Tracking the Attack on Working People, Immigrants, the Impoverished, and Equality for All from Roosevelt to Obama
An Analytical Field Guide for Human Rights Organizers

(Under Construction - Please be Patient)

The Core of Right-Wing Ideology

Joanne Ricca has studied the U.S. political right for over 30 years, with a special emphasis on what union members need to know about right-wing ideology. Her summary provides a useful overview:

Survival of the Fittest. The Right believes that anyone who does not succeed or prosper in the system lacks the necessary self-discipline, or was born with the wrong genes. There are no flaws in the system or in institutions; the flaws are in the individual. Because the term "survival of the fittest" sounds too cruel, the Right has popularized the concept of "personal responsibility". That means individuals are on their own to deal with such needs as retirement security, health care, and coping with millions of jobs lost due to unfair international trade agreements and corporate mergers. Those who do achieve wealth and power are the most fit, the product of an economic natural selection known as social Darwinism. The income gap between the rich and the poor in the U.S. grew precipitously from 1979 to 2007. The top 1 percent of earners (over $252,607 after-tax household income) saw their incomes spike by 275 percent. The middle range earners ($18,979 to $60,557) only rose slightly under 40% during the same period, just barely enough to cover an average household’s rising utility bills.1 This concentration of wealth at the top also concentrates political power at that level. For the Right, extreme income inequality is a perfectly acceptable consequence of the survival of the fittest ideology.

Capital Should Be Served by Government. The Right believes that the forces of free enterprise should run the economy. It is opposed to regulations in the interest of workers, the environment, consumers, the elderly and the powerless. However, any regulations that protect corporate and investor interests, such as ensuring that international trade agreements like NAFTA protect capital, patents and intellectual property, are fine. The Right hated the activism of government during the Great Depression of the 1930s, especially the creation of Social Security and passage of collective bargaining rights for workers. Public services, including public education, should be privatized. Social programs should be minimal with church-based charity aiding those in need. The role of government is basically to provide a military defense, to protect and promote business and investor interests, and to structure the economy so that income and wealth concentrate at the top.

Property Rights Supercede Human Rights. The Right is determined to protect the property rights of investors and corporate owners. Russell Kirk, a major conservative theorist who wrote The Conservative Mind, emphasized that property ownership is what separates humans from other animals so "the rights of property are more important than the right to life." For government to order business owners to behave a certain way – such as establishing labor standards (minimum wage, overtime rights, workplace health and safety laws) and environmental controls – erodes the right to own property. Kirk opposed the notion of worker "rights" and wrote that limiting working hours and requiring periodic holidays meant workers insisted on a "right to be idle".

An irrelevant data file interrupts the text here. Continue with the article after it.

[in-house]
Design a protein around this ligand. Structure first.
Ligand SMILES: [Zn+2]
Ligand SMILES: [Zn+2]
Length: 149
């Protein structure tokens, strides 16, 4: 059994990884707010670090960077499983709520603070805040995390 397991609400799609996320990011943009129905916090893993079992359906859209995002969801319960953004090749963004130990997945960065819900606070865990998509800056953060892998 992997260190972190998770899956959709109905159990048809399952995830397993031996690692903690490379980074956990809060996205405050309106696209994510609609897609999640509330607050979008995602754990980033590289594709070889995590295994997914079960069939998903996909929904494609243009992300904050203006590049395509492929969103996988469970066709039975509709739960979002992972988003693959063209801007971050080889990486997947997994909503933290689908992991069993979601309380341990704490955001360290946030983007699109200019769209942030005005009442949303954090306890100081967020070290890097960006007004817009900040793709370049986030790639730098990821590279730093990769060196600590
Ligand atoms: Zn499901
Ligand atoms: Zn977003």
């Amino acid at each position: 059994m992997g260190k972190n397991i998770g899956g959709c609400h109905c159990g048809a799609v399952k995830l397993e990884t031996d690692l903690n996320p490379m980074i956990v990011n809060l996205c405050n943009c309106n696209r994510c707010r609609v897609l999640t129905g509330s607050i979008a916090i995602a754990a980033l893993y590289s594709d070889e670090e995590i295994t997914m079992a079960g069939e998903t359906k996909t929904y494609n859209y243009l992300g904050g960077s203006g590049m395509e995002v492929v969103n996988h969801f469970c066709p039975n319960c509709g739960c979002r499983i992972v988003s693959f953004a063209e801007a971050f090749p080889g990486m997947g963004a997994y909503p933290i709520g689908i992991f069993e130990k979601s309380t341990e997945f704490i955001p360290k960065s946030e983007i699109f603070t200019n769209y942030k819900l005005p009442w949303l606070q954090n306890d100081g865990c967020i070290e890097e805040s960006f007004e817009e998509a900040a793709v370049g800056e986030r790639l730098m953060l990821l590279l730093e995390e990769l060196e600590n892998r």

Decisions Should Be Made By The Elite. It follows then that those who accumulate the most wealth deserve to make the decisions. Contrary to its populist rhetoric, the Right believes that the masses have a persistent and basic incompetence, and its theorists often refer to democracy as "mob rule." Consistent with this view, the Right will oppose any policy to expand citizen participation and create a more informed electorate – such as the Voting Rights Act, the Freedom of Information Act, voter registration at the polls, and public funding for public radio, television and the arts. The nationwide campaign to suppress the vote (of those more likely to vote Democratic) by passing state laws requiring a photo ID for voting is an example of obstructing democratic participation. The movement to defund and privatize public education (taxpayer support for private school vouchers) reflects this ideology. The Right is especially opposed to unions which are the most powerful mass-based, democratic organizations that give the average person an organized voice in their workplace and society.



Read the Introduction to the Report

"There is a broad assault on all the gains that have been made to achieve economic and social justice for the middle class and working class."Read More...

Read the Entire Report

Politics In America: the American Right, by Joanne Ricca, of the Wisconsin AFL-CIO, who with a handful of other labor and progressive journalists began tracking the right-wing juggernaut 30 years ago. In PDF format at the union's website.

Democracy is a process,
not a specific set of institutions

Democracy is a process that assumes
the majority of people, over time,
given enough accurate information,
the ability to participate
in a free and open public debate,
and can vote without intimidation, reach constructive decisions
that benefit the whole of society, and
preserve liberty,
protect our freedoms,
extend equality, and
defend democracy.

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